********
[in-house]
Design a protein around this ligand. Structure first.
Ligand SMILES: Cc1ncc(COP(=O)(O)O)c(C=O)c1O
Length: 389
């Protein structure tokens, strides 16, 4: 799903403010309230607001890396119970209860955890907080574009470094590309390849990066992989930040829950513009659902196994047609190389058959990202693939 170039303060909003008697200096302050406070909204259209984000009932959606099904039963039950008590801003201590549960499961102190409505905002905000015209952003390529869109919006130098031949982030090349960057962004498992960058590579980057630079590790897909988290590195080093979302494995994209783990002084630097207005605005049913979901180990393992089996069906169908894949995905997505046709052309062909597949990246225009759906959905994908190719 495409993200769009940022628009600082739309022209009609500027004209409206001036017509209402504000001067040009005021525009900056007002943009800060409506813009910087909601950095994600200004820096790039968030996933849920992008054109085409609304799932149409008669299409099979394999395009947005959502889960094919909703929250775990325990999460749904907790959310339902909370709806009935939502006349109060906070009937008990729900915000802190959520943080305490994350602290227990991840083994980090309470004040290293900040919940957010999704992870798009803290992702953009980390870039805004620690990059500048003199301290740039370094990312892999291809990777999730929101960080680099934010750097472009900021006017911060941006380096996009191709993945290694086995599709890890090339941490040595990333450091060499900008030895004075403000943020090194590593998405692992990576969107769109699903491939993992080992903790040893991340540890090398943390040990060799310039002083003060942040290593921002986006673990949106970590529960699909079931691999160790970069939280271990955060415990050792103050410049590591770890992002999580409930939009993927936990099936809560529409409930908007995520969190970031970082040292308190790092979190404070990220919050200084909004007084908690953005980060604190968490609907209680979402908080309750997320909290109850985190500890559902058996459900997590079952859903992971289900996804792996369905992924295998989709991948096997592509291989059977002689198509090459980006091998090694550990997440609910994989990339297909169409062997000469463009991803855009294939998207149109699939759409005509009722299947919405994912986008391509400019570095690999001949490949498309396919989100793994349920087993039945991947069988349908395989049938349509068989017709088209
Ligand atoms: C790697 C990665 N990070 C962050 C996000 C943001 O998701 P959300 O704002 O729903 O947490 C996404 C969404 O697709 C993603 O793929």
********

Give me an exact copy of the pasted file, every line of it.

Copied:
[in-house]
Design a protein around this ligand. Structure first.
Ligand SMILES: Cc1ncc(COP(=O)(O)O)c(C=O)c1O
Length: 389
């Protein structure tokens, strides 16, 4: 799903403010309230607001890396119970209860955890907080574009470094590309390849990066992989930040829950513009659902196994047609190389058959990202693939 170039303060909003008697200096302050406070909204259209984000009932959606099904039963039950008590801003201590549960499961102190409505905002905000015209952003390529869109919006130098031949982030090349960057962004498992960058590579980057630079590790897909988290590195080093979302494995994209783990002084630097207005605005049913979901180990393992089996069906169908894949995905997505046709052309062909597949990246225009759906959905994908190719 495409993200769009940022628009600082739309022209009609500027004209409206001036017509209402504000001067040009005021525009900056007002943009800060409506813009910087909601950095994600200004820096790039968030996933849920992008054109085409609304799932149409008669299409099979394999395009947005959502889960094919909703929250775990325990999460749904907790959310339902909370709806009935939502006349109060906070009937008990729900915000802190959520943080305490994350602290227990991840083994980090309470004040290293900040919940957010999704992870798009803290992702953009980390870039805004620690990059500048003199301290740039370094990312892999291809990777999730929101960080680099934010750097472009900021006017911060941006380096996009191709993945290694086995599709890890090339941490040595990333450091060499900008030895004075403000943020090194590593998405692992990576969107769109699903491939993992080992903790040893991340540890090398943390040990060799310039002083003060942040290593921002986006673990949106970590529960699909079931691999160790970069939280271990955060415990050792103050410049590591770890992002999580409930939009993927936990099936809560529409409930908007995520969190970031970082040292308190790092979190404070990220919050200084909004007084908690953005980060604190968490609907209680979402908080309750997320909290109850985190500890559902058996459900997590079952859903992971289900996804792996369905992924295998989709991948096997592509291989059977002689198509090459980006091998090694550990997440609910994989990339297909169409062997000469463009991803855009294939998207149109699939759409005509009722299947919405994912986008391509400019570095690999001949490949498309396919989100793994349920087993039945991947069988349908395989049938349509068989017709088209
Ligand atoms: C790697 C990665 N990070 C962050 C996000 C943001 O998701 P959300 O704002 O729903 O947490 C996404 C969404 O697709 C993603 O793929």